Meanwhile, in the country's south—where a Muslim insurgency has been raging for four years—many Thai Buddhists have taken matters into their own hands, forming paramilitary "self-defense groups" with the government's help. These groups are nominally nonsectarian, but they contain few if any Muslim members, and they often use Buddhist temples as training grounds. Many of the 7,000 volunteers drill using sticks instead of guns, but one expert (who didn't want to be identified to avoid compromising sources) says that the Thai government purchased a large number of shotguns from Russia last summer to arm them.

Not all of Asia's newly activist Buddhists have forgotten the Enlightened One's teachings about pacifism. A striking example is the Engaged Buddhism movement, which was founded in the 1960s by Thich Nhat Hanh, a Vietnamese monk who became an activist during the Vietnam War and was ultimately exiled to France by his country's communist rulers. He's since returned to his homeland twice, in 2005 and 2007; on both occasions his countrymen received him like a conquering hero. The movement, which emphasizes nonviolence and social action, has persistently lobbied for religious tolerance throughout the region—most strikingly in Sri Lanka, where members of the local Sarvodaya Shramadana organization hold regular, nonsectarian antiwar demonstrations. The group has also helped 15,000 communities build roads, find clean water and run preschools, says Sallie King, a religion and philosophy professor at James Madison University.

Engaged Buddhism has spawned a particularly powerful movement in Taiwan, where Tzu Chi and similar groups have bloomed in recent decades. Spurred by a larger Buddhist renaissance in Taiwan, Tzu Chi now claims 10 million followers worldwide. Founded by a Buddhist nun in 1966, Tzu Chi tries to steer clear of politics—yet it doesn't hide its light under a bushel, and has used its TV station and publications to promote a more altruistic vision of Taiwanese life. Today, Tzu Chi is considered one of the most effective aid agencies in the region. Its relief workers—known as "blue angels" for their distinctive uniforms—helped tsunami victims in Sri Lanka and Indonesia in 2004 and did aid work in New Orleans after Hurricane Katrina in 2005.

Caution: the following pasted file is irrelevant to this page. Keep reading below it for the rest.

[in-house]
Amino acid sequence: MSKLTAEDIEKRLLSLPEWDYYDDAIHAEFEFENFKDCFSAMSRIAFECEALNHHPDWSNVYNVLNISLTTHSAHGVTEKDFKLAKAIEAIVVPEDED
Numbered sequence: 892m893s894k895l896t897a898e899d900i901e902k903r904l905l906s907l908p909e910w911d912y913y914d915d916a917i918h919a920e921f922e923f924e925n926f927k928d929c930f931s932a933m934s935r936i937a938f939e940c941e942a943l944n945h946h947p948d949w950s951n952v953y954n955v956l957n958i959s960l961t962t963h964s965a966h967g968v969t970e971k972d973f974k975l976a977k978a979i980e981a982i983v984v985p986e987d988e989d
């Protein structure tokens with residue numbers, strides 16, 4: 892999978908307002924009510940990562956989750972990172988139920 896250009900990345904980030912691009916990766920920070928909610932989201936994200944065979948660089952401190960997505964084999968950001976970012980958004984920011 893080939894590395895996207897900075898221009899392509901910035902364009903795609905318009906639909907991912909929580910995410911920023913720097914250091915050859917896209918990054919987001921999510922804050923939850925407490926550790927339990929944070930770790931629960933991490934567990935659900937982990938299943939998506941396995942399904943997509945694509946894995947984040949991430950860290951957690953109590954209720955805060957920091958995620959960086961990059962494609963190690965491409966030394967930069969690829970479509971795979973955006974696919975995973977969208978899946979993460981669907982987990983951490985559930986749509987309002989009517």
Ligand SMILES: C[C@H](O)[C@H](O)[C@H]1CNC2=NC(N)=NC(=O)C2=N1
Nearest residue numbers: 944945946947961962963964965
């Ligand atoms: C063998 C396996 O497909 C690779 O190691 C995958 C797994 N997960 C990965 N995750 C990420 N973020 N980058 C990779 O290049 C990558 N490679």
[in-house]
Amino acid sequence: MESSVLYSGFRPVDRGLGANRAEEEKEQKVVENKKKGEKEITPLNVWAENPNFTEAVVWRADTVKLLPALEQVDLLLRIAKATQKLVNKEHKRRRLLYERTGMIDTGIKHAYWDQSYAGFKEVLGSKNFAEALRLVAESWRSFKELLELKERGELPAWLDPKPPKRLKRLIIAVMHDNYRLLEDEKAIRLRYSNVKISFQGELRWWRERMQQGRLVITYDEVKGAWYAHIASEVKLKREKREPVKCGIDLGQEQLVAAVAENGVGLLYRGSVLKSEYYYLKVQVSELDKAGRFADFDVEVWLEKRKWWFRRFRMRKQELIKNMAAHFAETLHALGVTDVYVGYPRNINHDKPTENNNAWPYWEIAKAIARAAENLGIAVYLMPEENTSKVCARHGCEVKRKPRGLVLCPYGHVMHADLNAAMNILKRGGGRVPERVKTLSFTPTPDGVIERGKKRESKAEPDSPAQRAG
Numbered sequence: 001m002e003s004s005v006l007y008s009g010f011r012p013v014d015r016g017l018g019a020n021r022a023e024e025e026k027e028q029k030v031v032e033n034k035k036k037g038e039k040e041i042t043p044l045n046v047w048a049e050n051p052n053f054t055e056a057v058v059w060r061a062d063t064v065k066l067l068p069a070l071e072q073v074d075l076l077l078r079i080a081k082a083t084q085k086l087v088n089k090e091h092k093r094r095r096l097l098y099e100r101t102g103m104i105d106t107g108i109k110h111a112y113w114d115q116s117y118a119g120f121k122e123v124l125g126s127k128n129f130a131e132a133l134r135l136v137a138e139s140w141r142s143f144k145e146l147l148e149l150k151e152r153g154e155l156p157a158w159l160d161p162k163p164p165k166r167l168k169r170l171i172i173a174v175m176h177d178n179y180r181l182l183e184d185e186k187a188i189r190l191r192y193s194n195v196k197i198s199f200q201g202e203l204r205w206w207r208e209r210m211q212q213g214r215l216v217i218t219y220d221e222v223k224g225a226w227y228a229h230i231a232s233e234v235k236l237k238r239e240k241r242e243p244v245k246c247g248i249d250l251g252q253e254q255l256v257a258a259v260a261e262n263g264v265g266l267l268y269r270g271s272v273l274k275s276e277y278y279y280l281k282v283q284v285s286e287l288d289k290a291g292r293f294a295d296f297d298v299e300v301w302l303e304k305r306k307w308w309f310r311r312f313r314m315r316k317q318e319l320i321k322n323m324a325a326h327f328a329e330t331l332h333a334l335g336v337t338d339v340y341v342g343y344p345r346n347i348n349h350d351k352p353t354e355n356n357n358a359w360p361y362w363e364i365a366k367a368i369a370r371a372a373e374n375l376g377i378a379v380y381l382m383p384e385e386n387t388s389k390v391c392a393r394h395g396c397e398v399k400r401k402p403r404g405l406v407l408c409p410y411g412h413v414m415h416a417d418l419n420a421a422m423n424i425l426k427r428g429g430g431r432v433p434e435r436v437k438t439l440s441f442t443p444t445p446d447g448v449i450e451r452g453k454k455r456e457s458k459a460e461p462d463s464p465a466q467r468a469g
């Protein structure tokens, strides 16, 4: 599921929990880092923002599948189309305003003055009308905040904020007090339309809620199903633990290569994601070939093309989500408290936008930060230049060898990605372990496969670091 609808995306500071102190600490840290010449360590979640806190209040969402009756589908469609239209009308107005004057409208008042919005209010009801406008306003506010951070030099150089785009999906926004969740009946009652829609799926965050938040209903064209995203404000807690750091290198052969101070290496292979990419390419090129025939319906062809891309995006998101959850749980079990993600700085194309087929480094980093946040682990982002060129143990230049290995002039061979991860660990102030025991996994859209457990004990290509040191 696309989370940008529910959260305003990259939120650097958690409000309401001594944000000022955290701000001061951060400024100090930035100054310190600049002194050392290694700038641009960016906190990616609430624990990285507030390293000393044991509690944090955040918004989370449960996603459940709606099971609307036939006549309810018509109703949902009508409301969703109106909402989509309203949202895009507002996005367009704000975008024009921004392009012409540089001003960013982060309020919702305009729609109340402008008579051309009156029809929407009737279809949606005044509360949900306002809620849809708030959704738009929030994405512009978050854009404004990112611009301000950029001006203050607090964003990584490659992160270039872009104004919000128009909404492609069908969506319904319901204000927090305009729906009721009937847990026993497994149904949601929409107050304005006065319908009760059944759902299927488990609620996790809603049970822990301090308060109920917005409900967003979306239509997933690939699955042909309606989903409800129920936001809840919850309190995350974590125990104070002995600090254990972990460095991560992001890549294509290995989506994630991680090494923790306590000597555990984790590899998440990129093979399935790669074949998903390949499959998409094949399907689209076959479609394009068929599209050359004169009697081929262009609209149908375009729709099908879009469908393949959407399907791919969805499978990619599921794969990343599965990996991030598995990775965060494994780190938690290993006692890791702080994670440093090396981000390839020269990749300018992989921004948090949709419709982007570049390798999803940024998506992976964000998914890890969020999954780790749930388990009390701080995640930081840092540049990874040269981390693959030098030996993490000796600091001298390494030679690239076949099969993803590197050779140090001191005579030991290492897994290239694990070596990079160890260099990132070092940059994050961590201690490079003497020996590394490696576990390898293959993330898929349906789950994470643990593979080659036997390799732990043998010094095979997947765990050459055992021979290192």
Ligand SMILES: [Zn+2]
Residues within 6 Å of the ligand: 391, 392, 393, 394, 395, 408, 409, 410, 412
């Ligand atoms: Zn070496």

Tzu Chi's apolitical bent has allowed the group to expand its activities onto the Chinese mainland—with Beijing's blessing. The group has built schools, nursing homes and entire villages in poor inland areas like Guizhou province. Yet given the growing politicization of Buddhism elsewhere, there's no guarantee that China will continue to tolerate Tzu Chi's activities.

Especially since Buddhists are becoming more overtly political—even in Taiwan. Shih Chao-hwei, a 50-year-old religious-studies professor at Hsuan Chuang University, founded a group called the Life Conservation Association in 1993; it has since helped to pass a law protecting animal rights, and campaigns against abortion and against a move to establish casinos on the island. "We support issues, [not] specific politicians or parties," she says. Increasingly, it seems, more and more Buddhists believe their Teacher wants them to speak out, to organize, even to fight for their rights. As their numbers grow, there may come a day when even the mighty Chinese government can no longer keep them down.